Statistics: 10.2 miles, ascent 916′, descent 1073′.
John Fogerty, the other host at New Forge House B&B and also Claire’s husband, returned us to Stanton to begin our day’s adventure. The weather was still a bit drizzly, but not unpleasant. Upon leaving town we entered a lovely park-like terrain, walking through fields dotted with huge oaks and chestnut trees.
Shortly, we arrived at Stanway, a very tiny community consisting of the Church of St. Peter and a few delightful homes including Stanway House and its outbuildings. Stanway House had at one time been a grand Jacobean manor. For the past 500 years, it has been owned by the same family which now is slowly restoring it.
The 12th-century Church of St. Peter, adjacent to the manor, has a curious decoration in the wall surrounding the church. After Cromwell’s troops destroyed nearby Hailes Abbey in the 16th century, the locals retrieved many bits and pieces from the ruined abbey and gathered them in a portion of the church wall.
Beyond Stanway we noticed long furrows in the countryside. We stopped to ask a local, who turned out to be a town historian, about the furrows. He told us that they were made by medieval farmers who were given strips of land to live on and farm. Later the landowners replaced the farmers with a more lucrative business, sheep. The farmers were gone, but evidence of their toil remains. These tidbits of local history are one of the things that make hiking in England so enchanting.
Our one big climb of the day then began and soon we were on the escarpment of Stumps Cross. Again, we were walking through fields, where we found a sign telling us of a possible obstacle to wary of, a bull in the field!
Having made it through that field with no bull in sight, we saw a much more friendly grouping – sheep.
The Cotswold Way is riddled with Iron Age (before the Roman occupation, AD 43) hill forts. The first that we encountered on this trek was Beckbury Camp hill fort. Being located up on the escarpment, this area would have provided a good view of possible intruders. The fort is surrounded by a high, man-made berm.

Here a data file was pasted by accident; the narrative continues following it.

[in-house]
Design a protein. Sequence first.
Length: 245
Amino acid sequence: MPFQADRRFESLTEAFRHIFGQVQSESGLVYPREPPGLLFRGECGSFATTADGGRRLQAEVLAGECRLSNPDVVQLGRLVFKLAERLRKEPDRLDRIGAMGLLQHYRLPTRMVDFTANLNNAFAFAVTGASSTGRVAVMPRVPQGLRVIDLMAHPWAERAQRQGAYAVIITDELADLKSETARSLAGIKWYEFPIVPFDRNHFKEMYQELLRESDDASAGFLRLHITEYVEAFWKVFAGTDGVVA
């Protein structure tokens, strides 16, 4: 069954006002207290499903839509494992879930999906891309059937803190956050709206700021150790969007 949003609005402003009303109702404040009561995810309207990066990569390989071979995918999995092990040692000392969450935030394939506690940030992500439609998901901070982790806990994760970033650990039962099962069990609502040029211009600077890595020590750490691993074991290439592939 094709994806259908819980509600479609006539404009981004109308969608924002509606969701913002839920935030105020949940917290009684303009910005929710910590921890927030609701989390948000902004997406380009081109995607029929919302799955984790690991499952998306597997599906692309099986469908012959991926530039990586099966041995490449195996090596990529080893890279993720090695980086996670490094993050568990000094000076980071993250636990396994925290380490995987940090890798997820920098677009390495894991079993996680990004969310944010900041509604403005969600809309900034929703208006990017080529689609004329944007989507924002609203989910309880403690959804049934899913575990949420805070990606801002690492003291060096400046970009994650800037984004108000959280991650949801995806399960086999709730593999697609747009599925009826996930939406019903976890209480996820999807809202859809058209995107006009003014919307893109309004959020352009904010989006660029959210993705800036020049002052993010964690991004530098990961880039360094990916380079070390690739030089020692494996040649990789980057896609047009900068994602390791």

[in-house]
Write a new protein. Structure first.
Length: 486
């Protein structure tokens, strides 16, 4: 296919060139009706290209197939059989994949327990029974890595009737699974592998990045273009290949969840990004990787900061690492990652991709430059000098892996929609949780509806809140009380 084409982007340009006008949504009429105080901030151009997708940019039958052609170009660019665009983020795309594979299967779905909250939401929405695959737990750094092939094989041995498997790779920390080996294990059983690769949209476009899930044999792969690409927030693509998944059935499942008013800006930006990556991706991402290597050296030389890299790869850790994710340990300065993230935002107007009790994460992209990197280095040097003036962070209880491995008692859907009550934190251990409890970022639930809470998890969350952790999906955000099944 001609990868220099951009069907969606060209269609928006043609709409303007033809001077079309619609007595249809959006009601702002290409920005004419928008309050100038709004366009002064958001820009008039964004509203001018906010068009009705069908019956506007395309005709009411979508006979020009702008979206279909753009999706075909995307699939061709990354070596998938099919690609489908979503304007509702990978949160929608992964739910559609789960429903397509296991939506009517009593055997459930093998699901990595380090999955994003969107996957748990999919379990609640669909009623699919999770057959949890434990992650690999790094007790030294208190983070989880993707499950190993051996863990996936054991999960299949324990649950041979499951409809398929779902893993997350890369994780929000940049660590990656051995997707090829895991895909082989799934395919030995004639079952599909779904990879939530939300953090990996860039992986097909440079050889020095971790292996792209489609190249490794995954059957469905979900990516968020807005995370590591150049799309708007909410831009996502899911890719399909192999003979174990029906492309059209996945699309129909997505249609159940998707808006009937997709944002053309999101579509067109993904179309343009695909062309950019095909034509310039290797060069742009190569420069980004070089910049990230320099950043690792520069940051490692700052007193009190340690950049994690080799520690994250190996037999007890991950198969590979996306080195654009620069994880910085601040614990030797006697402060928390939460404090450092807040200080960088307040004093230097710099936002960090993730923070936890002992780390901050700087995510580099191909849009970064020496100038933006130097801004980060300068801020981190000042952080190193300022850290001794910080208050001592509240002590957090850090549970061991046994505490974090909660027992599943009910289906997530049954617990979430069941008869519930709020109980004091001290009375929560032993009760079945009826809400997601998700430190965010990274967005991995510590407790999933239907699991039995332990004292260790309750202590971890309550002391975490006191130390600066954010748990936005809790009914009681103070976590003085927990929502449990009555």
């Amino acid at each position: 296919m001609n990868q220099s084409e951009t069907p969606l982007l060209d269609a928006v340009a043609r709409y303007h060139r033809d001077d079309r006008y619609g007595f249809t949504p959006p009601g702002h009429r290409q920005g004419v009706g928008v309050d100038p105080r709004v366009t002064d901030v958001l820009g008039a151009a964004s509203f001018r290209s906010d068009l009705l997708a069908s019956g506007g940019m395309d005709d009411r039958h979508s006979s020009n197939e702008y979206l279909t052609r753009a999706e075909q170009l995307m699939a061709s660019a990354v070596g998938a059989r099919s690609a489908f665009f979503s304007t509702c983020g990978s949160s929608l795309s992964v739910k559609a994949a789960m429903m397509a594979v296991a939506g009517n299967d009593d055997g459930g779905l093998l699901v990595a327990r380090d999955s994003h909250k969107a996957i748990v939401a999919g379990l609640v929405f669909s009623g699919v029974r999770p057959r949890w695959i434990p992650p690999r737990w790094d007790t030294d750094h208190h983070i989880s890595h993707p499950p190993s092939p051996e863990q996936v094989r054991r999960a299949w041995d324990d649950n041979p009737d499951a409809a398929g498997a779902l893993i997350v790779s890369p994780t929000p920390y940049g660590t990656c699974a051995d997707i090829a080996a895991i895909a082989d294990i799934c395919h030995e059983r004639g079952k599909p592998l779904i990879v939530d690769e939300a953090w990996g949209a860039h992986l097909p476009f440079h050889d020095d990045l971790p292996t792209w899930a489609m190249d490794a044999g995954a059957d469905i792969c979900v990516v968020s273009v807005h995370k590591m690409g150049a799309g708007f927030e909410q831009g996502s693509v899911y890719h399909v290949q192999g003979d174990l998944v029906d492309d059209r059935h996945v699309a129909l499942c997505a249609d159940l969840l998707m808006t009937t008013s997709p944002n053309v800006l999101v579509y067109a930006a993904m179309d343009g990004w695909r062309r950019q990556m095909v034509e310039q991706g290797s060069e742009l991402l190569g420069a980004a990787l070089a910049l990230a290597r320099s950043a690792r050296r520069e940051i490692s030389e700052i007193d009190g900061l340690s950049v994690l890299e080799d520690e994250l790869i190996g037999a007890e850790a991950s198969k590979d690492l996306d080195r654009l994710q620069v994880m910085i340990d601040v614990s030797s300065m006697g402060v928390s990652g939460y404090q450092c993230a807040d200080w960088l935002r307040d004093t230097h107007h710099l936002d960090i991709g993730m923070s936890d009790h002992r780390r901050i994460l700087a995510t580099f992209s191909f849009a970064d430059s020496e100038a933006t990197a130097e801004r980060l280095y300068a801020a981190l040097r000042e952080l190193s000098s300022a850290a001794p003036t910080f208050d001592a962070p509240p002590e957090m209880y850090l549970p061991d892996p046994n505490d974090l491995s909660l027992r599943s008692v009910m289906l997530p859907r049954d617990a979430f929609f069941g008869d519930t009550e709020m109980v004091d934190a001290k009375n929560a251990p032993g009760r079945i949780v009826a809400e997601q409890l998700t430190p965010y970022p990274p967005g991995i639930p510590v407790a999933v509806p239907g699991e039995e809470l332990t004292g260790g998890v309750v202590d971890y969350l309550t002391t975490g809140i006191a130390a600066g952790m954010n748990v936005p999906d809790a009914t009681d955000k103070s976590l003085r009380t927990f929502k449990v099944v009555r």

Continuing, our history lesson jumped back to Oliver Cromwell. We reached the spot known as Cromwell’s Seat where it is said that he watched the destruction of Hailes Abbey.
The earlier rain had left the trail a muddy mess as we descended towards Hailes Abbey‘s ruins. Along the way, we were delighted to come upon a tea shop, Hayles Fruit Farm, where they kindly welcomed us, mud and all. We quickly downed a pot of tea and a delicious cake before resuming our walk.
Just down the road from the tea
Across the lane from the abbey was another 12th-century church, Church of St. Nicholas. It was musty and was showing its age, but frescos that had been covered over during the Reformation have been restored and were amazing.
Throughout the day we often noticed an unidentifiable whistle in the distance – unidentifiable until we noticed the plumes of steam in the valley below us as we neared Winchcombe. It was the Gloucestershire Warwickshire Steam Train on one of its many daily runs.
Upon seeing Winchcombe across the way on the nearby hillside, we knew our second day on the Cotswold Way was about finished. Medieval Winchcombe is a picturesque town with more of a blue-collar feel to it than our previous villages. Small shops line the streets and rows of restored almshouses are a sharp contrast to the beautiful Sudley Castle just up the hill.
We soon arrived at our B&B, Blair House, where we were warmly greeted by our hosts, Nick and his mother. As planned, my mother, June, was shadowing our oath through the Cotswolds, travelling by car to enjoy the countryside, then meeting us for the evenings. She caught up with us again at the Blair House.
We were even greeted by the four legged host!
A short walk from the